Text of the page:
The diet and food supplements containing iodine are the main source of iodine, and its plasma levels are also partially replaced by iodothyronine deiodization in the thyroid cells [6-11].

For many years iodine deficiency was believed to be a problem limited to certain geographic regions and to some special situations (nutrition or malnutrition) and was considered to have a specific clinical spectrum (hypothyroidism, goiter and brain damage, with the possible occurrence of cretinism) [12-14]. However, the reemergence of iodine deficiency has been observed in certain areas of industrialized centers, raising concern about its cognitive consequences [15,16].

This essentiality of iodine is more evident during the initial stages of intrauterine life, implying the need for an adequate iodine intake during pregnancy in order to obtain optimum fetal neurodevelopment. The fetus, followed by the newborn and the child in the first stages of life, represent the phases most vulnerable to iodine deficiency [17].

The first 1000 days of life are considered to be the window of opportunity for potential interventions in the prevention of damage to the human neurological potential, with consequences for the intelligence quotient (IQ) or hyperactivity with attention deficit [17].

Iodine intake varies according to the quantity of iodine in the soil and water and to the eating habits of a given region [11-13].

The World Health Organization (WHO), the United Nations Children’s Fund (UNICEF) and the International Council for the Control of Iodine Deficiency Disorders (ICCIDD) recommend an iodine intake of 90 mg/day for children aged 0 to 5 years, of about 120 μg /day for children aged 6 to 12 years, of 150 μg/day for adults older than 12 years, and of 250 μg/day for pregnant and lactating women [18].

In a study on Latin America, the mean iodine content in the salt varied outside the recommended 20-40 parts per million (ppm), and was greater than 78 ppm in 83% of all samples, demonstrating achievement in the elimination of iodine deficiency in most of the countries studied [19].

From 2005 on, the WHO determined that each country should make its own reports on the iodine deficiency situation every 3 years. Founded in 1986, the Iodine Global Network (IGN) is now the authoritative voice for iodine nutrition.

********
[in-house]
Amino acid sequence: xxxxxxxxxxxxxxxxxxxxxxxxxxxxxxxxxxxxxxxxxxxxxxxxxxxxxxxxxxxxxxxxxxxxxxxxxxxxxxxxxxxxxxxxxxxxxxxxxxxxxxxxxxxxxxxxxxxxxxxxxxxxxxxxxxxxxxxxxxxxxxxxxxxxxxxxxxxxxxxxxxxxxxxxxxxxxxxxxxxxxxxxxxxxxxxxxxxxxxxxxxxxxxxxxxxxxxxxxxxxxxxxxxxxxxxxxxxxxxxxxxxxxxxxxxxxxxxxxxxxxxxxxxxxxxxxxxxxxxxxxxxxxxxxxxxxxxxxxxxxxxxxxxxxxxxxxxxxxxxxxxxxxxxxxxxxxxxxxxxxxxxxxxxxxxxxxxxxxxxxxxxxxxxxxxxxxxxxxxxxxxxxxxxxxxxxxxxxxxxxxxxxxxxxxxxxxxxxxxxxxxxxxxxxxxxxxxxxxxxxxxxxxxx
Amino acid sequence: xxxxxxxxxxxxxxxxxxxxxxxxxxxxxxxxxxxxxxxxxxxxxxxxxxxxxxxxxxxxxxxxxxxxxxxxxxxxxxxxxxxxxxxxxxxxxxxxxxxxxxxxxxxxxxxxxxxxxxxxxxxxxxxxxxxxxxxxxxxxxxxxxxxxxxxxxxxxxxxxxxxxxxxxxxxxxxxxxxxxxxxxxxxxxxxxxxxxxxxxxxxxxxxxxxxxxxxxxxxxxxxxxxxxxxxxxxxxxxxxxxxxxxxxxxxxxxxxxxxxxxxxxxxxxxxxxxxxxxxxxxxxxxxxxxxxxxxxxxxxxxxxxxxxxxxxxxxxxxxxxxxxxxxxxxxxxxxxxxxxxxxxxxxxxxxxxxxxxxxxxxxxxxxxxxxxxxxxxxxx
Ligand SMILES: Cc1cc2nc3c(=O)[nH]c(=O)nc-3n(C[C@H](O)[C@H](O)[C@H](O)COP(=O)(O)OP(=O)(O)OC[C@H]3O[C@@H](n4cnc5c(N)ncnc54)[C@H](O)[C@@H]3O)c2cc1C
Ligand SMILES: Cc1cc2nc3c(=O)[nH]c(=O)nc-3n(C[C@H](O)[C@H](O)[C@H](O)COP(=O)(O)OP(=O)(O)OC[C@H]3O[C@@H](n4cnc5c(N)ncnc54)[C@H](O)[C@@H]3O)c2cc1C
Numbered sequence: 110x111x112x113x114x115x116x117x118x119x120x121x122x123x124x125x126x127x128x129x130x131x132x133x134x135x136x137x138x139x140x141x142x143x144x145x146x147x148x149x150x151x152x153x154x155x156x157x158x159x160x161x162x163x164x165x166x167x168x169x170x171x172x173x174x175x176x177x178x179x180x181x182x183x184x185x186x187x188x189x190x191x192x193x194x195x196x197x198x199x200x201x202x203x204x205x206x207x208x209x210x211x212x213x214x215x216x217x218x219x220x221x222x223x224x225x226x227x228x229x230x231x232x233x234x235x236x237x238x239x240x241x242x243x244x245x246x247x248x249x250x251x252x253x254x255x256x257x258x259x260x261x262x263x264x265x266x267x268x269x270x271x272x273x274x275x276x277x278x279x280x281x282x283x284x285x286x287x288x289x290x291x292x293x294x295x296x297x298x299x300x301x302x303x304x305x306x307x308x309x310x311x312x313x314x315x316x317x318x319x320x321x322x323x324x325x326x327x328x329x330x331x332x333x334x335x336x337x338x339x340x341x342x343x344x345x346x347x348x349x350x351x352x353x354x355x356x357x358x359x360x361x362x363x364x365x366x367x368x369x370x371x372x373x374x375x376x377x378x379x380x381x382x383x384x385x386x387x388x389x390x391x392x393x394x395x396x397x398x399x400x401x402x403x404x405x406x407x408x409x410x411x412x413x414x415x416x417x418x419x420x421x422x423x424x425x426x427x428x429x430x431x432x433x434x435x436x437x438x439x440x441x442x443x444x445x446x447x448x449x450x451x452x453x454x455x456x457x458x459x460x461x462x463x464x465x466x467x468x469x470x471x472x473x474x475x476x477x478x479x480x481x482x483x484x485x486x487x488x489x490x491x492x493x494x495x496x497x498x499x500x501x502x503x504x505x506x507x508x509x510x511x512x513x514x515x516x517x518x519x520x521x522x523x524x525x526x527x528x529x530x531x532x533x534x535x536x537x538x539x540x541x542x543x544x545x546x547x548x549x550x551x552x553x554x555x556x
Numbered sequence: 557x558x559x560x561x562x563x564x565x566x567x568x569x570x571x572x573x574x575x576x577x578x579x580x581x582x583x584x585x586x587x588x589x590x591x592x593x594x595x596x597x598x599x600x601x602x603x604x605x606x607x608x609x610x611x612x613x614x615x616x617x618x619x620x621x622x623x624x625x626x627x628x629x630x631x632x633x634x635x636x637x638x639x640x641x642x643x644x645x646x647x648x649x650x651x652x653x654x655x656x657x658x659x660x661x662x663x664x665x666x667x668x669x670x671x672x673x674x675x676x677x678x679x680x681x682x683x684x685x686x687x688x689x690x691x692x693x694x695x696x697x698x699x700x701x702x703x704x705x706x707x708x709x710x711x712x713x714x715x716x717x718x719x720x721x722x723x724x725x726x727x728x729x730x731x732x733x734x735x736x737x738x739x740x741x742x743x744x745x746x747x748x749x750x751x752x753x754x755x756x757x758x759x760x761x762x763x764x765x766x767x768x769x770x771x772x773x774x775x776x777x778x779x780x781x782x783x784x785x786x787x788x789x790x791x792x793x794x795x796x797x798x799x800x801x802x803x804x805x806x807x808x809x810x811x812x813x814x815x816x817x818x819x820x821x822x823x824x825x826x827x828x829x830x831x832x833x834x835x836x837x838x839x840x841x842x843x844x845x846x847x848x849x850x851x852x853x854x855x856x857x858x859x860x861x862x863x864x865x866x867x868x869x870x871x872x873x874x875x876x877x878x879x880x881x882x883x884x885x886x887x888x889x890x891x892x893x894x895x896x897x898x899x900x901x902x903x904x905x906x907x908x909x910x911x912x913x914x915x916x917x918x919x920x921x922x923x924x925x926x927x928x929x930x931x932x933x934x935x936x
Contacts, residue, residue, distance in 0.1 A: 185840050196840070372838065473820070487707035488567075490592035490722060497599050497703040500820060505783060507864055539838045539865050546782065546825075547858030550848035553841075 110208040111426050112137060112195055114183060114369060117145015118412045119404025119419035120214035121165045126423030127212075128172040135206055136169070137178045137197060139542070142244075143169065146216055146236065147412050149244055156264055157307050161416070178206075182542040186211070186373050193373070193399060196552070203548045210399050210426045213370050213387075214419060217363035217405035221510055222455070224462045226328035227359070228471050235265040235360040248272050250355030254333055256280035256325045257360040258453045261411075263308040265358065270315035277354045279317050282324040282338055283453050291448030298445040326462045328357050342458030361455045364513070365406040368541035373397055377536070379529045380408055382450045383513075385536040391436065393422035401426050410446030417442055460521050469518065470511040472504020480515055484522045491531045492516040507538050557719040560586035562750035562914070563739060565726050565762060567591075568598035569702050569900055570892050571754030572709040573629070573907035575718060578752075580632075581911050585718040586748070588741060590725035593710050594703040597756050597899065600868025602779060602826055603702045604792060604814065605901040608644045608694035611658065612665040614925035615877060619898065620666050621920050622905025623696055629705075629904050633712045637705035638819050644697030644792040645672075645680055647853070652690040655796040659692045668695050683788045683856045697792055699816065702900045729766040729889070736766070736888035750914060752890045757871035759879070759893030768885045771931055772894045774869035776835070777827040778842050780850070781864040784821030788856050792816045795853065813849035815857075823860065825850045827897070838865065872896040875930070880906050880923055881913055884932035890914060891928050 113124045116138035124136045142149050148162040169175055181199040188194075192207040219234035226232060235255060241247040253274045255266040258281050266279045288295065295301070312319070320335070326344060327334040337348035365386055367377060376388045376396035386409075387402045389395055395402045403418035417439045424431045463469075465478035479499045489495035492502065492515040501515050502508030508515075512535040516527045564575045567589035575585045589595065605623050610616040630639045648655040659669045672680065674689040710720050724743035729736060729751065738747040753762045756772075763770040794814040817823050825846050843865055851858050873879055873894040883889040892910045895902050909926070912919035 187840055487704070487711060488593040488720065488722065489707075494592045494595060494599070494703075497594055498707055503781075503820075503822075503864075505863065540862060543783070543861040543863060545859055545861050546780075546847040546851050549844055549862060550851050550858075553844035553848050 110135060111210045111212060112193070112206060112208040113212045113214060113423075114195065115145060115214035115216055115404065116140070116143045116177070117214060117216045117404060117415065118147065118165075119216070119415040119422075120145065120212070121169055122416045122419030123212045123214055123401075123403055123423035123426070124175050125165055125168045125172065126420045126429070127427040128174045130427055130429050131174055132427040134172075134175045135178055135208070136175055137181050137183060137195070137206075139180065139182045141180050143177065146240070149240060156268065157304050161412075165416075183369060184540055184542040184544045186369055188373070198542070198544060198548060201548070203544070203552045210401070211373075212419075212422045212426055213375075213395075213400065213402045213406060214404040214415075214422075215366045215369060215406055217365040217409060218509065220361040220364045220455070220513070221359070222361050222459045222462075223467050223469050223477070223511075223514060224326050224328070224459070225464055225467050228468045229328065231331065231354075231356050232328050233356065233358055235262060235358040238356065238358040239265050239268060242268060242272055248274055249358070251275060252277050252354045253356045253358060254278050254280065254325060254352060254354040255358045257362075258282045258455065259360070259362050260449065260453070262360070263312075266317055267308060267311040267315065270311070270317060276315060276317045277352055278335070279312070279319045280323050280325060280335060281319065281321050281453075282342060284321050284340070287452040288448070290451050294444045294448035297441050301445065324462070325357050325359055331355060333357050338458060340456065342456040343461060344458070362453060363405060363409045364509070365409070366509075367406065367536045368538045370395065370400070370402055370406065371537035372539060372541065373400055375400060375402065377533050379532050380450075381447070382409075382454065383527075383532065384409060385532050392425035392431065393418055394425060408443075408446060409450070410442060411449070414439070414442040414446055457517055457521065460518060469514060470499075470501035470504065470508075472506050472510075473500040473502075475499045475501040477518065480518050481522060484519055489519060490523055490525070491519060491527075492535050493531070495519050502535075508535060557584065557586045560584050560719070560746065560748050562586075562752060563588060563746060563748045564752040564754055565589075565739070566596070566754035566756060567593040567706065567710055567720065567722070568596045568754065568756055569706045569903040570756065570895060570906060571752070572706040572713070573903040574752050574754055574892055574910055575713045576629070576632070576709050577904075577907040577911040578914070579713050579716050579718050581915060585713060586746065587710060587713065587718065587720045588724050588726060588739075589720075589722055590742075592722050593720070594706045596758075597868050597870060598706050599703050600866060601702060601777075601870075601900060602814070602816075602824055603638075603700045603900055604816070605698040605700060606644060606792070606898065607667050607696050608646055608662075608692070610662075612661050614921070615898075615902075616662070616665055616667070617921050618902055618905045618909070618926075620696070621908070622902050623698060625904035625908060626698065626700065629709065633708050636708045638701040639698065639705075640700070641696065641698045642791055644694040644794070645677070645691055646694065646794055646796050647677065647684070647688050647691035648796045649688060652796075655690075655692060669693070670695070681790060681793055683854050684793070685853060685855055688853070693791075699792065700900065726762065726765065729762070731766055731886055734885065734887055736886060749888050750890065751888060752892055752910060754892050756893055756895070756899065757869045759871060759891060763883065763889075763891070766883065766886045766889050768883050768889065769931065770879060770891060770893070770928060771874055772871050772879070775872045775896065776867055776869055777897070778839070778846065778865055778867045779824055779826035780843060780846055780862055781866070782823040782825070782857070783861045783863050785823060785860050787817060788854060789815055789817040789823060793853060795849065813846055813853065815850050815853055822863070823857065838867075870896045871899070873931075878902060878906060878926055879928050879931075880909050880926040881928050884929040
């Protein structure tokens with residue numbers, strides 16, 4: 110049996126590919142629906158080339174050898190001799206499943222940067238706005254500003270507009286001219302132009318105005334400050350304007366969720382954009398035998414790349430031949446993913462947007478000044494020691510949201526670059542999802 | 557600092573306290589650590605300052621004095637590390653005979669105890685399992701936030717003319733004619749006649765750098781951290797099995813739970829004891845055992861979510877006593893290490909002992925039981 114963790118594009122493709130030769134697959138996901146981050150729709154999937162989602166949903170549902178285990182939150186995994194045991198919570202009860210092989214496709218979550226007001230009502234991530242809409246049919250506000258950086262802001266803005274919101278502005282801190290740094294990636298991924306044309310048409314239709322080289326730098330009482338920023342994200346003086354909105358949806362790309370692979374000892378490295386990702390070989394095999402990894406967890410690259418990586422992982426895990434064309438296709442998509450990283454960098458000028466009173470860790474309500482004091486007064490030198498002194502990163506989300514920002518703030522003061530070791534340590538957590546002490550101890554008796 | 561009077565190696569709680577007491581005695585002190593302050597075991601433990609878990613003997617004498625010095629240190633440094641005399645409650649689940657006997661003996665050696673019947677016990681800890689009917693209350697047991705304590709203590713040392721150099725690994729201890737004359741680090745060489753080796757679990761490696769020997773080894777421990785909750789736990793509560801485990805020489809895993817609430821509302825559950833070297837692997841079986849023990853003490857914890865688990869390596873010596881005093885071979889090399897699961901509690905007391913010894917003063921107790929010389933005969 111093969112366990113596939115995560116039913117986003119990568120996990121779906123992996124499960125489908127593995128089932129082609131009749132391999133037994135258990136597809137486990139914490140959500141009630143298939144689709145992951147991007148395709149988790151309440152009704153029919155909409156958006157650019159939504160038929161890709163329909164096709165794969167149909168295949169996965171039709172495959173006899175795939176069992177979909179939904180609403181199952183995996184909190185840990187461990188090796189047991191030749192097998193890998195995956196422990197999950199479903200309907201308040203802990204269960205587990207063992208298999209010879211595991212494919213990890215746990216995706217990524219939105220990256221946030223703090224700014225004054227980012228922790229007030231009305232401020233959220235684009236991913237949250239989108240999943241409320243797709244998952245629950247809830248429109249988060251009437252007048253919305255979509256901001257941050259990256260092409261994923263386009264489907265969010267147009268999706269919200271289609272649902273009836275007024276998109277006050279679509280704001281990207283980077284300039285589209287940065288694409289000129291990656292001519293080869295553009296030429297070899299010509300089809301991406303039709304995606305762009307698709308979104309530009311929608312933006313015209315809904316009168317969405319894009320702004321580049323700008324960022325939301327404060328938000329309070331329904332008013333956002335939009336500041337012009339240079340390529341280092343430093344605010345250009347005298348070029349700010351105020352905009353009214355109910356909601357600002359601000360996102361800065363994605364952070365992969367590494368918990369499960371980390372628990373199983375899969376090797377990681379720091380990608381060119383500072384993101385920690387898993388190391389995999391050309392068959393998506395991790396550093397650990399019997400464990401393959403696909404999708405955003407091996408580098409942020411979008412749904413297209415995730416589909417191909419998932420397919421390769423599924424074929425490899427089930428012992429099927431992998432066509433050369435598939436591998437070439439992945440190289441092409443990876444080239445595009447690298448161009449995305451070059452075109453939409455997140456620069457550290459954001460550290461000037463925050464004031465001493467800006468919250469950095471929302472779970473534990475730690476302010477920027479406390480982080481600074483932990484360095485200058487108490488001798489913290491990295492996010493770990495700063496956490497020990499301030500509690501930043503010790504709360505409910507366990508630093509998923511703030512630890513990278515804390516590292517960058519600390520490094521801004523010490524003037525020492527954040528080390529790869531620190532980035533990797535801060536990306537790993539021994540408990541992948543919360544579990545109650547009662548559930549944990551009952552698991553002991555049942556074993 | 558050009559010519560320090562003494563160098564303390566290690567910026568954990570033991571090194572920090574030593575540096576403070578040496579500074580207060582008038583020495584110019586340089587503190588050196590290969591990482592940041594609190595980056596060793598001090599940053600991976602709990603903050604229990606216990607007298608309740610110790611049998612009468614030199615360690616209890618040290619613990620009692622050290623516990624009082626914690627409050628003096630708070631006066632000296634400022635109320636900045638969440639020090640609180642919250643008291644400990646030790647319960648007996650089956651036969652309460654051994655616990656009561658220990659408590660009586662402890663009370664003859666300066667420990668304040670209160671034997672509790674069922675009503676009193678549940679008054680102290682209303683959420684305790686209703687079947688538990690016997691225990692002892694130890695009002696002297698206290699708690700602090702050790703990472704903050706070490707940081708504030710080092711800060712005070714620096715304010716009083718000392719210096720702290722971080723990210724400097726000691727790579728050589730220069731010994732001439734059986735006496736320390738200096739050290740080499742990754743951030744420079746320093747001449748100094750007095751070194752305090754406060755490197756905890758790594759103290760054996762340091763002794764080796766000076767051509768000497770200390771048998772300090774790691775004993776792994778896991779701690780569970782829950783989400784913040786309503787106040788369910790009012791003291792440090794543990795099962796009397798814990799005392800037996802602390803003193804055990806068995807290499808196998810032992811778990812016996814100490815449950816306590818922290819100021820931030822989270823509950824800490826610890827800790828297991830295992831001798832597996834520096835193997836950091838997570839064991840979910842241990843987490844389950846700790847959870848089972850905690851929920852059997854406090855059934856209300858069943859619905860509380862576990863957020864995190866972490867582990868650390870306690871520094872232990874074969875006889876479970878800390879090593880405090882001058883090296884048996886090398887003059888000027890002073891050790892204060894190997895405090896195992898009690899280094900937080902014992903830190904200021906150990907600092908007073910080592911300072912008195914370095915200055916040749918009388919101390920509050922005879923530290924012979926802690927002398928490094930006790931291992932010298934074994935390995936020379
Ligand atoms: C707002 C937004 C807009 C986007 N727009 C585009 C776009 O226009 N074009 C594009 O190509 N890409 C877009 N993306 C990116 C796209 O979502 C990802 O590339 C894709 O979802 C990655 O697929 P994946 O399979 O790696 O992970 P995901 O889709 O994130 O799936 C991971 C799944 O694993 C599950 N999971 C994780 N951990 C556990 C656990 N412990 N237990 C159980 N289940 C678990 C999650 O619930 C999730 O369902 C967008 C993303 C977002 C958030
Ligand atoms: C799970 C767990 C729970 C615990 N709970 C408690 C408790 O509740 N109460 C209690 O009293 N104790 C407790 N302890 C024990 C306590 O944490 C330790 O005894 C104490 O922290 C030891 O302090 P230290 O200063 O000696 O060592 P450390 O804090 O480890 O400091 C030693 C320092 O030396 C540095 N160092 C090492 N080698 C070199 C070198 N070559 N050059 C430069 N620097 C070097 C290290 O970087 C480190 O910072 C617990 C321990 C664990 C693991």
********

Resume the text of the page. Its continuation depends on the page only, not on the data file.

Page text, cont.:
Iodine requirements increase during pregnancy not only because of the fetal needs, but also because of the change in maternal thyroid physiology. Pregnancy is accompanied by significant changes in thyroid function. During the first phase of gestation, the chorionic gonadotropin produced by the placenta stimulates the maternal thyroid, exerting an effect resembling that of Thyroid-Stimulating Hormone (TSH) due to the structural homology between the molecules, directly stimulating the maternal thyroid. During this period, the fetal thyroid is fully dependent on the maternal thyroid [10,20-22]. Although the fetal thyroid starts its activity between the 18th and 20th weeks of pregnancy, the fetal iodine supply continues to depend on the mother [23].

Gestation involves a high thyroid hormone demand and in pregnant women who ingest an adequate quantity of iodine the release of thyroid hormone reaches a new balance which is maintained until the end of pregnancy. The increased thyroid hormone requirements are satisfied by a proportional increase in the synthesis and release of these hormones which directly depend on maternal iodine intake and, the greater the iodine deficiency, the worse the maternal-fetal consequences [10,14,15,24-26]. An inadequate thyroid response has been observed in healthy pregnant women residing in areas of medium to moderate iodine deficiency [24-26] (Figure 1).

Citation: Lúcia M and Navarro AM. About Iodide: A Friendly and Necessary Ion. Annals Thyroid Res. 2019; 5(3): 223-228.